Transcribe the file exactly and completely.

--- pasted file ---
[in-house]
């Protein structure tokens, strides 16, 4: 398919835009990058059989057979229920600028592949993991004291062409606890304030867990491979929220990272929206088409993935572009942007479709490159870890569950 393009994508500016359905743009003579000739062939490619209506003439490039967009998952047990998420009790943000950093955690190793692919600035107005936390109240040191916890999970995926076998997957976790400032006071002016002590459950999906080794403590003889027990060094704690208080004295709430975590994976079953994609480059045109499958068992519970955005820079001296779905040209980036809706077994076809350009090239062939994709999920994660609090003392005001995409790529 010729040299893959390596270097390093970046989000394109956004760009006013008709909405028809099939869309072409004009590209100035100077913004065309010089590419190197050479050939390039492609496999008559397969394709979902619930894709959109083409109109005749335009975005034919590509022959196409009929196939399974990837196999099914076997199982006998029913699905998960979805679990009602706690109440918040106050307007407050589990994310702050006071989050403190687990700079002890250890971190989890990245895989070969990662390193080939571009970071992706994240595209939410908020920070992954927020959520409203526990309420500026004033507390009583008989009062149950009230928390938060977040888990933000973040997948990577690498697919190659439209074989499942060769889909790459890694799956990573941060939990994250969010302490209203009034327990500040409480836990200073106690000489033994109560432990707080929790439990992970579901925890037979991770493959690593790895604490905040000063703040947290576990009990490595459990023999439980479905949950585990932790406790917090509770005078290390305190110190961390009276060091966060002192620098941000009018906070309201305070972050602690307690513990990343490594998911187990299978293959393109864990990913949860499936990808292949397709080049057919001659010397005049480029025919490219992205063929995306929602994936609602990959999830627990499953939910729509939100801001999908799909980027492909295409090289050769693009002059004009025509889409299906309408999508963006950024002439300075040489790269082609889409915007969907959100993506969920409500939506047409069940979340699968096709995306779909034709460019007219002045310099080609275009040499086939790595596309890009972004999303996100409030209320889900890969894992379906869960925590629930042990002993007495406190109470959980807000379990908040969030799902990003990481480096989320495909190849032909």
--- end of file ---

[in-house]
């Protein structure tokens, strides 16, 4: 398919835009990058059989057979229920600028592949993991004291062409606890304030867990491979929220990272929206088409993935572009942007479709490159870890569950 393009994508500016359905743009003579000739062939490619209506003439490039967009998952047990998420009790943000950093955690190793692919600035107005936390109240040191916890999970995926076998997957976790400032006071002016002590459950999906080794403590003889027990060094704690208080004295709430975590994976079953994609480059045109499958068992519970955005820079001296779905040209980036809706077994076809350009090239062939994709999920994660609090003392005001995409790529 010729040299893959390596270097390093970046989000394109956004760009006013008709909405028809099939869309072409004009590209100035100077913004065309010089590419190197050479050939390039492609496999008559397969394709979902619930894709959109083409109109005749335009975005034919590509022959196409009929196939399974990837196999099914076997199982006998029913699905998960979805679990009602706690109440918040106050307007407050589990994310702050006071989050403190687990700079002890250890971190989890990245895989070969990662390193080939571009970071992706994240595209939410908020920070992954927020959520409203526990309420500026004033507390009583008989009062149950009230928390938060977040888990933000973040997948990577690498697919190659439209074989499942060769889909790459890694799956990573941060939990994250969010302490209203009034327990500040409480836990200073106690000489033994109560432990707080929790439990992970579901925890037979991770493959690593790895604490905040000063703040947290576990009990490595459990023999439980479905949950585990932790406790917090509770005078290390305190110190961390009276060091966060002192620098941000009018906070309201305070972050602690307690513990990343490594998911187990299978293959393109864990990913949860499936990808292949397709080049057919001659010397005049480029025919490219992205063929995306929602994936609602990959999830627990499953939910729509939100801001999908799909980027492909295409090289050769693009002059004009025509889409299906309408999508963006950024002439300075040489790269082609889409915007969907959100993506969920409500939506047409069940979340699968096709995306779909034709460019007219002045310099080609275009040499086939790595596309890009972004999303996100409030209320889900890969894992379906869960925590629930042990002993007495406190109470959980807000379990908040969030799902990003990481480096989320495909190849032909």